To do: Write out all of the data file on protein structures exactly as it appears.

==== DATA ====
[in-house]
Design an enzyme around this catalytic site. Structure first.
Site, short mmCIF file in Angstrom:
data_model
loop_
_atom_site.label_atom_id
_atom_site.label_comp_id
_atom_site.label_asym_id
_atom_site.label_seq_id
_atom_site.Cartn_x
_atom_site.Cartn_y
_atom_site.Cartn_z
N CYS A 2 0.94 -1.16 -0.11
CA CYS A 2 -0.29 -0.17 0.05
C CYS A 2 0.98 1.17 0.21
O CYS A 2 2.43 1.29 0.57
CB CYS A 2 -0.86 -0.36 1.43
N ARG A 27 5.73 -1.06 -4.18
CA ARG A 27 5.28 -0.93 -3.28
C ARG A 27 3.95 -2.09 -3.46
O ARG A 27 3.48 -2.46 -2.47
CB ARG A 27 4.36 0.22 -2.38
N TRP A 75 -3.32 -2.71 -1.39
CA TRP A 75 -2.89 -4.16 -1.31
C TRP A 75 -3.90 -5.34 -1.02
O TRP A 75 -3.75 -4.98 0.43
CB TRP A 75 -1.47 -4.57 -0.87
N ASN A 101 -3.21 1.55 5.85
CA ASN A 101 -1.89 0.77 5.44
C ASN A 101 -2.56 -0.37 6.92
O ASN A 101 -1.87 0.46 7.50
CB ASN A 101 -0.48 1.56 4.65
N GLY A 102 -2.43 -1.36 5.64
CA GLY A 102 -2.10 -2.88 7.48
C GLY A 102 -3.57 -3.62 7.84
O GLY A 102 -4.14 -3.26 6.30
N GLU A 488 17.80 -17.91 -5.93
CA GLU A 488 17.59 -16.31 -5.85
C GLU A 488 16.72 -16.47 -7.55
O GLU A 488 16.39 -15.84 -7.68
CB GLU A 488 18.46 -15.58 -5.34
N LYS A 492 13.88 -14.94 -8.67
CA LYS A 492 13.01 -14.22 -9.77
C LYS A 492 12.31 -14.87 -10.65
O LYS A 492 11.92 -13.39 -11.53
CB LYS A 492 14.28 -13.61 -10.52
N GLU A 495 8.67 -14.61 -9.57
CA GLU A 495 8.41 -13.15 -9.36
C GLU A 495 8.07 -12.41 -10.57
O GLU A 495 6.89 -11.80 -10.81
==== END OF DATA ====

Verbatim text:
[in-house]
Design an enzyme around this catalytic site. Structure first.
Site, short mmCIF file in Angstrom:
data_model
loop_
_atom_site.label_atom_id
_atom_site.label_comp_id
_atom_site.label_asym_id
_atom_site.label_seq_id
_atom_site.Cartn_x
_atom_site.Cartn_y
_atom_site.Cartn_z
N CYS A 2 0.94 -1.16 -0.11
CA CYS A 2 -0.29 -0.17 0.05
C CYS A 2 0.98 1.17 0.21
O CYS A 2 2.43 1.29 0.57
CB CYS A 2 -0.86 -0.36 1.43
N ARG A 27 5.73 -1.06 -4.18
CA ARG A 27 5.28 -0.93 -3.28
C ARG A 27 3.95 -2.09 -3.46
O ARG A 27 3.48 -2.46 -2.47
CB ARG A 27 4.36 0.22 -2.38
N TRP A 75 -3.32 -2.71 -1.39
CA TRP A 75 -2.89 -4.16 -1.31
C TRP A 75 -3.90 -5.34 -1.02
O TRP A 75 -3.75 -4.98 0.43
CB TRP A 75 -1.47 -4.57 -0.87
N ASN A 101 -3.21 1.55 5.85
CA ASN A 101 -1.89 0.77 5.44
C ASN A 101 -2.56 -0.37 6.92
O ASN A 101 -1.87 0.46 7.50
CB ASN A 101 -0.48 1.56 4.65
N GLY A 102 -2.43 -1.36 5.64
CA GLY A 102 -2.10 -2.88 7.48
C GLY A 102 -3.57 -3.62 7.84
O GLY A 102 -4.14 -3.26 6.30
N GLU A 488 17.80 -17.91 -5.93
CA GLU A 488 17.59 -16.31 -5.85
C GLU A 488 16.72 -16.47 -7.55
O GLU A 488 16.39 -15.84 -7.68
CB GLU A 488 18.46 -15.58 -5.34
N LYS A 492 13.88 -14.94 -8.67
CA LYS A 492 13.01 -14.22 -9.77
C LYS A 492 12.31 -14.87 -10.65
O LYS A 492 11.92 -13.39 -11.53
CB LYS A 492 14.28 -13.61 -10.52
N GLU A 495 8.67 -14.61 -9.57
CA GLU A 495 8.41 -13.15 -9.36
C GLU A 495 8.07 -12.41 -10.57
O GLU A 495 6.89 -11.80 -10.81